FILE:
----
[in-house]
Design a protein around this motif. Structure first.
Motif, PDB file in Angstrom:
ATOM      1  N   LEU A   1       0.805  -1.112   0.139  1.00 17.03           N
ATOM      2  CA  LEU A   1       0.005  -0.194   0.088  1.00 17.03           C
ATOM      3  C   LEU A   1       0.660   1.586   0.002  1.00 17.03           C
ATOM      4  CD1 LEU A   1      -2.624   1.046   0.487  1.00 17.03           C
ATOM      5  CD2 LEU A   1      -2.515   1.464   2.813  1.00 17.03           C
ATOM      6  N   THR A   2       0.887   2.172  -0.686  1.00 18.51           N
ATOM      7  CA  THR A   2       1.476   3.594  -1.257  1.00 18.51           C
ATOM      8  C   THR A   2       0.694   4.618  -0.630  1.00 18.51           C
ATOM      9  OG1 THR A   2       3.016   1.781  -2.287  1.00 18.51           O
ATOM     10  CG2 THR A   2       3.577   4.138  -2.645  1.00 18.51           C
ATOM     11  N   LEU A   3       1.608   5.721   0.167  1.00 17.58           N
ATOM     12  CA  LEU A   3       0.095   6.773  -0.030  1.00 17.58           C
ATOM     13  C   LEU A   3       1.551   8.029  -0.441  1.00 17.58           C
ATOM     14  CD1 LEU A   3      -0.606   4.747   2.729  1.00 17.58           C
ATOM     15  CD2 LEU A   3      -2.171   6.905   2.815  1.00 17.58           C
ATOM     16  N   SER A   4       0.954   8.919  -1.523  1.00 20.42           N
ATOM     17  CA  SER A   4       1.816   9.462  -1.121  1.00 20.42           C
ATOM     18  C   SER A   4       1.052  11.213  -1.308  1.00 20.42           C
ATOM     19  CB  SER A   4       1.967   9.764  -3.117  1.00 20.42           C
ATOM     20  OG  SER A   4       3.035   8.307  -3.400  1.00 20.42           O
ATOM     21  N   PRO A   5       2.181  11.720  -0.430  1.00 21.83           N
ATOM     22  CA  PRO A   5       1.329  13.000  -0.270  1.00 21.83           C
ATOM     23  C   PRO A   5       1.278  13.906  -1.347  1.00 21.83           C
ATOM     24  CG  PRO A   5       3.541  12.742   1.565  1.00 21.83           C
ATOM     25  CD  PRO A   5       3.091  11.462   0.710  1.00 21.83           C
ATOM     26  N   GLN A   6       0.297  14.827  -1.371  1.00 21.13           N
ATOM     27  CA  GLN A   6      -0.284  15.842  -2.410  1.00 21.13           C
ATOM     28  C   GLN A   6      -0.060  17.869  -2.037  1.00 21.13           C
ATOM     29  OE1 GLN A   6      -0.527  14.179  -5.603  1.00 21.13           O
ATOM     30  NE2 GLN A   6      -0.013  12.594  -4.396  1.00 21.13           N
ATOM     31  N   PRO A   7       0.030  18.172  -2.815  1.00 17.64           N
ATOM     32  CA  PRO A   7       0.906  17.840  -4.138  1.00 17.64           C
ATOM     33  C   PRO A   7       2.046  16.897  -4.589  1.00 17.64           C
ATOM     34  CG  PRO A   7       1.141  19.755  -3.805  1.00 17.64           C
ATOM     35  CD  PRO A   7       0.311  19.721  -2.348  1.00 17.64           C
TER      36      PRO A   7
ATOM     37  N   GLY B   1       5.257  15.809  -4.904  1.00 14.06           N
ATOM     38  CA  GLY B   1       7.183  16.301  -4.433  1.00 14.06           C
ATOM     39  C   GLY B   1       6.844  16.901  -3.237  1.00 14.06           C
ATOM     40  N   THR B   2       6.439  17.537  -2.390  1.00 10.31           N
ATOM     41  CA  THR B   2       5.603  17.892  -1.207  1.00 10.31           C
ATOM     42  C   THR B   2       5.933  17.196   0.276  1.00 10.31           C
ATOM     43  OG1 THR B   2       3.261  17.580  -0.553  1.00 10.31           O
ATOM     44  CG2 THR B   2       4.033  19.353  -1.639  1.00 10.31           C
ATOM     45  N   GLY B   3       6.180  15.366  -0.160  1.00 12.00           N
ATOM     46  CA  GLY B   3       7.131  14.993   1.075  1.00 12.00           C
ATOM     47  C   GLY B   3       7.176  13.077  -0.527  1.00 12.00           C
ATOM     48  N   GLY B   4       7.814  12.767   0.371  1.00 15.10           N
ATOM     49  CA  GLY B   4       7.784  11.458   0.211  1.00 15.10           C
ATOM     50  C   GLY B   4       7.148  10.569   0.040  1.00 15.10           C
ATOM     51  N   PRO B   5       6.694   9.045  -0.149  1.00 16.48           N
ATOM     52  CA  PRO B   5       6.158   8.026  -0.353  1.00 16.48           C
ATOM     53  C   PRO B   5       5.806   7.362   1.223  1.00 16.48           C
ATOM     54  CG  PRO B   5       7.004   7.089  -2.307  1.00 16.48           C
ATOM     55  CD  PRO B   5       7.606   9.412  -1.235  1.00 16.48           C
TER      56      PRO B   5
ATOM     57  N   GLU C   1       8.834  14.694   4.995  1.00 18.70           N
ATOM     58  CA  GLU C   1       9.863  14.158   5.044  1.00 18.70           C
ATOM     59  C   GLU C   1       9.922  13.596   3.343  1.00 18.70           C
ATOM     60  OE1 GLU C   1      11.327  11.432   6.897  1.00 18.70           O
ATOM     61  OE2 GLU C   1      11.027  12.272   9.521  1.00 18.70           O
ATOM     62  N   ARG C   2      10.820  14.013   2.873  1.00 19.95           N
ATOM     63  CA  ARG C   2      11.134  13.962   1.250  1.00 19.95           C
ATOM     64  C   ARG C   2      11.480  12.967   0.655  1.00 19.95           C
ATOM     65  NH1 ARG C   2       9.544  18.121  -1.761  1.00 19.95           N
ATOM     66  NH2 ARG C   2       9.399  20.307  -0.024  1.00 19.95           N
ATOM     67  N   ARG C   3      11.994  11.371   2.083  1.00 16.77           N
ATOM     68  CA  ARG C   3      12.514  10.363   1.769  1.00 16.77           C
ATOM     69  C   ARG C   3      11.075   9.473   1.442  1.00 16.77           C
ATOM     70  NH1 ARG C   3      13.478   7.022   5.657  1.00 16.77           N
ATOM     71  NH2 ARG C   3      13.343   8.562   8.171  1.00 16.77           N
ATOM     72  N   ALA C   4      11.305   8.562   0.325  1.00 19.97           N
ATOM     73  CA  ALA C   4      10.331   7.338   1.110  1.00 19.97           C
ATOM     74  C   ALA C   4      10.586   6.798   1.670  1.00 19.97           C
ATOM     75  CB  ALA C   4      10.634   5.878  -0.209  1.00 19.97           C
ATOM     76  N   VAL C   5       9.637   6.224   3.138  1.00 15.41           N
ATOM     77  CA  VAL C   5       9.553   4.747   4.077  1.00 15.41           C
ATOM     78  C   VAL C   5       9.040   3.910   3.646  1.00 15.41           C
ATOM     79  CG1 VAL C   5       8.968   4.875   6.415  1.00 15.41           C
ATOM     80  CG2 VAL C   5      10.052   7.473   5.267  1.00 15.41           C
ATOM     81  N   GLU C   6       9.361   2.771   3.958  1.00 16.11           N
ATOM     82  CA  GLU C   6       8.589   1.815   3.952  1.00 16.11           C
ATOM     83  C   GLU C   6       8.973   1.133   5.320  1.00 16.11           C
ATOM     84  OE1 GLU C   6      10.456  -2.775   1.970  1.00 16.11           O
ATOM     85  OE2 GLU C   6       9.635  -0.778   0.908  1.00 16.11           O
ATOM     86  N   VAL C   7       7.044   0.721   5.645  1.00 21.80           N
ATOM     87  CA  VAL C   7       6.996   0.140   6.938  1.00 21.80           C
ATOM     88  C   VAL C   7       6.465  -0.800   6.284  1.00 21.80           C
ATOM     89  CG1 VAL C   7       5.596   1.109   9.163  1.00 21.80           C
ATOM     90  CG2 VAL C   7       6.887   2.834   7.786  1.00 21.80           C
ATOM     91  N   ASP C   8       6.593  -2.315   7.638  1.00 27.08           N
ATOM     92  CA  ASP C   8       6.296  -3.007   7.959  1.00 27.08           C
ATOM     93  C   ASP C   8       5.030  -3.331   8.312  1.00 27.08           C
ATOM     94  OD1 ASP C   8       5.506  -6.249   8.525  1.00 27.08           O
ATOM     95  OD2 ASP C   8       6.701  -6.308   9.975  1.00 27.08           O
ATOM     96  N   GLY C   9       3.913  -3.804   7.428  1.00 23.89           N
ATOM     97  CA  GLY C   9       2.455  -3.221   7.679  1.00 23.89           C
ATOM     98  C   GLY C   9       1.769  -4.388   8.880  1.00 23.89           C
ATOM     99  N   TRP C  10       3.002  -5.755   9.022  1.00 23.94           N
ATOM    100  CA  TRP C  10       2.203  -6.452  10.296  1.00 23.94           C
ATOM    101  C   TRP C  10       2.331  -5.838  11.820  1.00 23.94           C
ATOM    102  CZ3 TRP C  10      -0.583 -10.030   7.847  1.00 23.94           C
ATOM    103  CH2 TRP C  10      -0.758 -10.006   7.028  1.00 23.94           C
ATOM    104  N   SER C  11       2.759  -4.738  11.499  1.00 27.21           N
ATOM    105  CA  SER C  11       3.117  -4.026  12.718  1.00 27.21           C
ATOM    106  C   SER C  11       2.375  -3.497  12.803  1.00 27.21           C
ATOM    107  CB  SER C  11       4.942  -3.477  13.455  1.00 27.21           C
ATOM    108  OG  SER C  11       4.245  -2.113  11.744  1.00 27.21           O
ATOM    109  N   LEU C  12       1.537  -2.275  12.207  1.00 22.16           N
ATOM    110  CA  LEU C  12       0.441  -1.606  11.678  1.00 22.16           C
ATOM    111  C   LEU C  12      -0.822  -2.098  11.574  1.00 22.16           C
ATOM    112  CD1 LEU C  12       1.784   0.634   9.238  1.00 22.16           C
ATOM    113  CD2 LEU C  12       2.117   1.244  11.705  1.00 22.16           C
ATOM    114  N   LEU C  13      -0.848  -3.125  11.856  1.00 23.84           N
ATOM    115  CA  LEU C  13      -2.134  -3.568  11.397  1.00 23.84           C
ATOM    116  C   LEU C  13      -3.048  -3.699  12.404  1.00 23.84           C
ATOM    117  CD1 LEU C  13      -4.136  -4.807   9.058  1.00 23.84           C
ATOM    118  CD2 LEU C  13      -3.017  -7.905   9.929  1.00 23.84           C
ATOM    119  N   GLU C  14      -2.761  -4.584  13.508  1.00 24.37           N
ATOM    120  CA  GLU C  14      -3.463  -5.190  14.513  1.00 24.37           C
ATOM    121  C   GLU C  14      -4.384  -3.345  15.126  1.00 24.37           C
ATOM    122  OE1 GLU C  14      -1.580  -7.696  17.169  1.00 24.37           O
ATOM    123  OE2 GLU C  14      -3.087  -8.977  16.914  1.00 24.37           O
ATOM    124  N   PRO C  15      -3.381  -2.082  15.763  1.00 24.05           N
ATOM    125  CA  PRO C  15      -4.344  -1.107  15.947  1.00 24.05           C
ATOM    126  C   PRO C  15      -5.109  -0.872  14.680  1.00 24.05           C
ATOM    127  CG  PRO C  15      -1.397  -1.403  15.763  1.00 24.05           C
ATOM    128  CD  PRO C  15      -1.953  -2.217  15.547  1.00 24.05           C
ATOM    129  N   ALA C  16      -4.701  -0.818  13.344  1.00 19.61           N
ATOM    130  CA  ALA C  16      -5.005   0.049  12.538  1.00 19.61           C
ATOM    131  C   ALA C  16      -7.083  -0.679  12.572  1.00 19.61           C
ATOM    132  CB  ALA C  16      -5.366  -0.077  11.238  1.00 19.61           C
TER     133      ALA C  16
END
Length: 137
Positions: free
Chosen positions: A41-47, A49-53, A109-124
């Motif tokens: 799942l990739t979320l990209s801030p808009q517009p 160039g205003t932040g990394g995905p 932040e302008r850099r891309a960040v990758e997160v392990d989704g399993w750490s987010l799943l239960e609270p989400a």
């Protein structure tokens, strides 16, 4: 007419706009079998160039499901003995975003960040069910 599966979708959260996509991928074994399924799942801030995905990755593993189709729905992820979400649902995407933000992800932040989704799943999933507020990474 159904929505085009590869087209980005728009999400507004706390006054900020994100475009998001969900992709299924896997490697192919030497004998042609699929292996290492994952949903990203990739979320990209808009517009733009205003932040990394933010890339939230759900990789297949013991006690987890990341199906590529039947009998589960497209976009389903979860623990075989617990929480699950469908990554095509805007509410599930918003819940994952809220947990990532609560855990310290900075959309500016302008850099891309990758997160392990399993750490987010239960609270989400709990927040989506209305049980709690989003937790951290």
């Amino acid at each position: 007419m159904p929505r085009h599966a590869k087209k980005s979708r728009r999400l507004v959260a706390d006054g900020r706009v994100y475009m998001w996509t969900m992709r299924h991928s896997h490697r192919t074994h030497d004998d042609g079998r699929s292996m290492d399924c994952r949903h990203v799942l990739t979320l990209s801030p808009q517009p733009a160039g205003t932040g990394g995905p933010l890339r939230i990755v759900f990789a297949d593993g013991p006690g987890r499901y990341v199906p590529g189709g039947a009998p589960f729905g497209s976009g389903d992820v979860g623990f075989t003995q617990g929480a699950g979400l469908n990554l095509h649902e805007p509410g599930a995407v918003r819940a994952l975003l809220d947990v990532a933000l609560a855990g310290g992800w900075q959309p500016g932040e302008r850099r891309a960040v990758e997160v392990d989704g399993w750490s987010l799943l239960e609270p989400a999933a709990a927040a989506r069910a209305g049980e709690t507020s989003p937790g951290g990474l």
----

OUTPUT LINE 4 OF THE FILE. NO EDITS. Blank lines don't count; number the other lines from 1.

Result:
ATOM      1  N   LEU A   1       0.805  -1.112   0.139  1.00 17.03           N